BOSTON ( TheStreet) -- Pension plans, also known as direct-benefit plans, are going the way of the $10 health-insurance co-payment, the thrift savings plan and the lifelong job guarantee.
Companies are increasingly finding pension plans too expensive, too complicated and too risky when compared with 401(k) plans. Dow-member companies dominate the list of those that offer conventional pensions.
A survey by
, the global consulting firm, found that only 17% of Fortune 100 companies still offer a direct-benefit plan, down from 67% in 1998. Those that offer direct-contribution plans, such as 401(k)'s, total 58%, up from 10%. Despite the decline, many of the country's best-known companies still offer pensions to at least some employees.
(GE - Get Report)
, in its annual report, said its plan was fully funded as of Jan. 1 and running effectively enough that it shouldn't have to subsidize it this year or next. It holds assets of $58.3 billion.
Responding to stock-market conditions,
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contributed $3 billion to its U.S. plans, up from $53 million in 2008.
Other large direct-benefit plans include
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(LMT - Get Report)
(UPS - Get Report)
Johnson & Johnson
Procter & Gamble
Bank of America
According to Towers Watson, 58 companies in the Fortune 100 currently offer only a direct-contribution plan to new hires. Others are increasingly considering "hybrids," such as
Proponents claim that hybrid plans reduce costs for employers. Participants in cash-balance plans also continued to see their pension accounts grow during the financial crisis, unlike the sizable drops suffered by most 401(k) accounts.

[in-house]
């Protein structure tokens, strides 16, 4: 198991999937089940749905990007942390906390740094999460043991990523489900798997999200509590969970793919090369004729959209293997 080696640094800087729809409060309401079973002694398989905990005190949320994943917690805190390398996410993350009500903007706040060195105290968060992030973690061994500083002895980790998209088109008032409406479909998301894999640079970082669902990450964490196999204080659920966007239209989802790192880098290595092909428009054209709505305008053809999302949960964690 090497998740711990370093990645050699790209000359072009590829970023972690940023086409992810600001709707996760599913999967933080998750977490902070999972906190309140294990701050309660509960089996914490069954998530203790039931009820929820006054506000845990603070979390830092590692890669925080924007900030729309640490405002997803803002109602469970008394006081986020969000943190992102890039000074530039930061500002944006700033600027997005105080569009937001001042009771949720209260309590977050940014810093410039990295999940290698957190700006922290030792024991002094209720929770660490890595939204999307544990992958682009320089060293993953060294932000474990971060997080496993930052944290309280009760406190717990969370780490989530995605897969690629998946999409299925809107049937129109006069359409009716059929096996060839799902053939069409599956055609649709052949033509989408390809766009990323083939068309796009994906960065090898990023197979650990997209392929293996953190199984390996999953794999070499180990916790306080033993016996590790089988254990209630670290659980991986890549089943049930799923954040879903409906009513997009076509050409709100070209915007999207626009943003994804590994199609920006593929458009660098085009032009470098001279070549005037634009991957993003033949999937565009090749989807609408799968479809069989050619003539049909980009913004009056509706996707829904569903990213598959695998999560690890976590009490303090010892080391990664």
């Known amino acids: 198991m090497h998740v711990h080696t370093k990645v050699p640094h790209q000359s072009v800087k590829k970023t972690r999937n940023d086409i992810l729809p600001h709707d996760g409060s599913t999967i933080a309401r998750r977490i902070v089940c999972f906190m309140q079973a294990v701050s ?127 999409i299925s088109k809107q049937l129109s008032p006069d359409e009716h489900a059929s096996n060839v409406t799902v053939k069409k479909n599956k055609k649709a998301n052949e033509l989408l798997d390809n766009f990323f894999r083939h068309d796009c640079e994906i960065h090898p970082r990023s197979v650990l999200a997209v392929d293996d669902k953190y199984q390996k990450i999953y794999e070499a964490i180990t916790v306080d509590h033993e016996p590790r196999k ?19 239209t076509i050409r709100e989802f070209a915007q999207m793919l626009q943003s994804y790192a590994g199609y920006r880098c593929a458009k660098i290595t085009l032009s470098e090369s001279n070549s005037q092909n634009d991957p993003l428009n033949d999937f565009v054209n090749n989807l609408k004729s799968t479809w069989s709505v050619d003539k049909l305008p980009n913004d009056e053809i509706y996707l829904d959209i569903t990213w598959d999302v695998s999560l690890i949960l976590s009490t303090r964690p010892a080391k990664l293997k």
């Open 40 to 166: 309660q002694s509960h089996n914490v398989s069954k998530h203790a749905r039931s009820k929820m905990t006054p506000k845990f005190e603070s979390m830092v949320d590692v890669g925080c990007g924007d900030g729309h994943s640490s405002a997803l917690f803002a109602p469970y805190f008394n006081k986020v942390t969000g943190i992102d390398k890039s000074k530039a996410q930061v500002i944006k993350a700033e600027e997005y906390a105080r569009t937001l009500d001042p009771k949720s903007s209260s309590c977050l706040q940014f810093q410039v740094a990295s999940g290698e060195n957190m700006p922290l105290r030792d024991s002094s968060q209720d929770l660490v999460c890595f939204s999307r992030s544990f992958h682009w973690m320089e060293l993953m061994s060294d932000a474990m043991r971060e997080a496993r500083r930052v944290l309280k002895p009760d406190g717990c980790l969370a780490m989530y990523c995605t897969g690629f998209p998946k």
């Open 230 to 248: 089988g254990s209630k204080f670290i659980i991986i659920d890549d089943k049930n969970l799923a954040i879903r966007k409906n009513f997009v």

In a cash-balance plan, a participant's account is compensated each year with a set employer contribution and interest credit (either a fixed rate or a variable rate linked to an index such as the 1-year Treasury bill rate). When a participant is eligible to receive benefits under a cash-balance plan, the distribution is either a lump-sum payment or given as an annuity. Investment risk is borne by the employer.
The National Institute on Retirement Security
, a non-profit advocacy group, makes the case that pensions can provide same benefit as individual 401(k) plans at half the cost.
In a research paper,
A Better Bang for the Buck: The Economic Efficiencies of Defined-Benefit Pension Plans
, it says defined-benefit plans pool longevity risks among large numbers of individuals. Because defined-benefit plans, unlike investors, don't age, "they are able to take advantage of the enhanced investment returns that come from a balanced portfolio throughout an individual's lifetime."